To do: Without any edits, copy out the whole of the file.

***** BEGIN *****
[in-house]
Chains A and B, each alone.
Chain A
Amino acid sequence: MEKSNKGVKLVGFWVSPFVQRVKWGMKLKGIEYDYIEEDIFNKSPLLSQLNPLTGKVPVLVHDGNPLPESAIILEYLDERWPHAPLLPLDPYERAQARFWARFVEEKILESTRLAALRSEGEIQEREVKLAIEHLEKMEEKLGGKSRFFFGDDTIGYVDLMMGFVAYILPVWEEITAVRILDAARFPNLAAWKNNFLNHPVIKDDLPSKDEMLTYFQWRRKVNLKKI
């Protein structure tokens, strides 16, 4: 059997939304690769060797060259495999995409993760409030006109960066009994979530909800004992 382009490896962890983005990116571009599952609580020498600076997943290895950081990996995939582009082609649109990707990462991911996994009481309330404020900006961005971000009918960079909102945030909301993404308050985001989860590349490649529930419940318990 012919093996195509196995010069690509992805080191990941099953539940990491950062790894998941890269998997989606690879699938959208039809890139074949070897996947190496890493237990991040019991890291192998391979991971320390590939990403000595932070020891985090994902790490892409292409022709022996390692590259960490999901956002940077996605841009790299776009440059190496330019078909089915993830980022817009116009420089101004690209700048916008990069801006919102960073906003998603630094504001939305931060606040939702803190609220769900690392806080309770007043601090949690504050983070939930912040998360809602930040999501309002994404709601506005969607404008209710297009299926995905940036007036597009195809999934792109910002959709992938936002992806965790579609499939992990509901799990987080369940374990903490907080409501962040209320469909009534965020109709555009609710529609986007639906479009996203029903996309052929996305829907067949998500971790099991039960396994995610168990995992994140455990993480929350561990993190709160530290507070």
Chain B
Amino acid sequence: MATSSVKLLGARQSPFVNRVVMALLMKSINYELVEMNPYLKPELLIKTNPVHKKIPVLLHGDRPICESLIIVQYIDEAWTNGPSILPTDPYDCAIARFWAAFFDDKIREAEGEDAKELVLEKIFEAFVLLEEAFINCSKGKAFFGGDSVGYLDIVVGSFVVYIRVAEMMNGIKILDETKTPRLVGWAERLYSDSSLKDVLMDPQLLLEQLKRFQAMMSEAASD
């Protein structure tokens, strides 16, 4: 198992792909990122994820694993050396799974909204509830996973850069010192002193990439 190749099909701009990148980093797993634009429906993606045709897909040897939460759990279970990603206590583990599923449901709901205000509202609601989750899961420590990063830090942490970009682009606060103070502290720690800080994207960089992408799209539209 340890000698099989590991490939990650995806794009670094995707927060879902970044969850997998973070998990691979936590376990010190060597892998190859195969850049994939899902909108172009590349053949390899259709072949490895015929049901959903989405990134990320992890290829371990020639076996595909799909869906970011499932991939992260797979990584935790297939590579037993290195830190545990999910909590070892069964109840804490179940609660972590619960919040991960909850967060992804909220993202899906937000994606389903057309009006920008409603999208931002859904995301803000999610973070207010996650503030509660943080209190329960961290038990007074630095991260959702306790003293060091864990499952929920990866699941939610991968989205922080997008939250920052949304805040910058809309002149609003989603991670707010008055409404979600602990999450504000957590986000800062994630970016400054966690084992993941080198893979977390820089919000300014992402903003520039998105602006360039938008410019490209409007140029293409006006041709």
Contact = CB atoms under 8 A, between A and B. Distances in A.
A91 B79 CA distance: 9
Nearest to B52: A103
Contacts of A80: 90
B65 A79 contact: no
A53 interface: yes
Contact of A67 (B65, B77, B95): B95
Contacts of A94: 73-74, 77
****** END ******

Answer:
[in-house]
Chains A and B, each alone.
Chain A
Amino acid sequence: MEKSNKGVKLVGFWVSPFVQRVKWGMKLKGIEYDYIEEDIFNKSPLLSQLNPLTGKVPVLVHDGNPLPESAIILEYLDERWPHAPLLPLDPYERAQARFWARFVEEKILESTRLAALRSEGEIQEREVKLAIEHLEKMEEKLGGKSRFFFGDDTIGYVDLMMGFVAYILPVWEEITAVRILDAARFPNLAAWKNNFLNHPVIKDDLPSKDEMLTYFQWRRKVNLKKI
């Protein structure tokens, strides 16, 4: 059997939304690769060797060259495999995409993760409030006109960066009994979530909800004992 382009490896962890983005990116571009599952609580020498600076997943290895950081990996995939582009082609649109990707990462991911996994009481309330404020900006961005971000009918960079909102945030909301993404308050985001989860590349490649529930419940318990 012919093996195509196995010069690509992805080191990941099953539940990491950062790894998941890269998997989606690879699938959208039809890139074949070897996947190496890493237990991040019991890291192998391979991971320390590939990403000595932070020891985090994902790490892409292409022709022996390692590259960490999901956002940077996605841009790299776009440059190496330019078909089915993830980022817009116009420089101004690209700048916008990069801006919102960073906003998603630094504001939305931060606040939702803190609220769900690392806080309770007043601090949690504050983070939930912040998360809602930040999501309002994404709601506005969607404008209710297009299926995905940036007036597009195809999934792109910002959709992938936002992806965790579609499939992990509901799990987080369940374990903490907080409501962040209320469909009534965020109709555009609710529609986007639906479009996203029903996309052929996305829907067949998500971790099991039960396994995610168990995992994140455990993480929350561990993190709160530290507070």
Chain B
Amino acid sequence: MATSSVKLLGARQSPFVNRVVMALLMKSINYELVEMNPYLKPELLIKTNPVHKKIPVLLHGDRPICESLIIVQYIDEAWTNGPSILPTDPYDCAIARFWAAFFDDKIREAEGEDAKELVLEKIFEAFVLLEEAFINCSKGKAFFGGDSVGYLDIVVGSFVVYIRVAEMMNGIKILDETKTPRLVGWAERLYSDSSLKDVLMDPQLLLEQLKRFQAMMSEAASD
């Protein structure tokens, strides 16, 4: 198992792909990122994820694993050396799974909204509830996973850069010192002193990439 190749099909701009990148980093797993634009429906993606045709897909040897939460759990279970990603206590583990599923449901709901205000509202609601989750899961420590990063830090942490970009682009606060103070502290720690800080994207960089992408799209539209 340890000698099989590991490939990650995806794009670094995707927060879902970044969850997998973070998990691979936590376990010190060597892998190859195969850049994939899902909108172009590349053949390899259709072949490895015929049901959903989405990134990320992890290829371990020639076996595909799909869906970011499932991939992260797979990584935790297939590579037993290195830190545990999910909590070892069964109840804490179940609660972590619960919040991960909850967060992804909220993202899906937000994606389903057309009006920008409603999208931002859904995301803000999610973070207010996650503030509660943080209190329960961290038990007074630095991260959702306790003293060091864990499952929920990866699941939610991968989205922080997008939250920052949304805040910058809309002149609003989603991670707010008055409404979600602990999450504000957590986000800062994630970016400054966690084992993941080198893979977390820089919000300014992402903003520039998105602006360039938008410019490209409007140029293409006006041709």
Contact = CB atoms under 8 A, between A and B. Distances in A.
A91 B79 CA distance: 9
Nearest to B52: A103
Contacts of A80: 90
B65 A79 contact: no
A53 interface: yes
Contact of A67 (B65, B77, B95): B95
Contacts of A94: 73-74, 77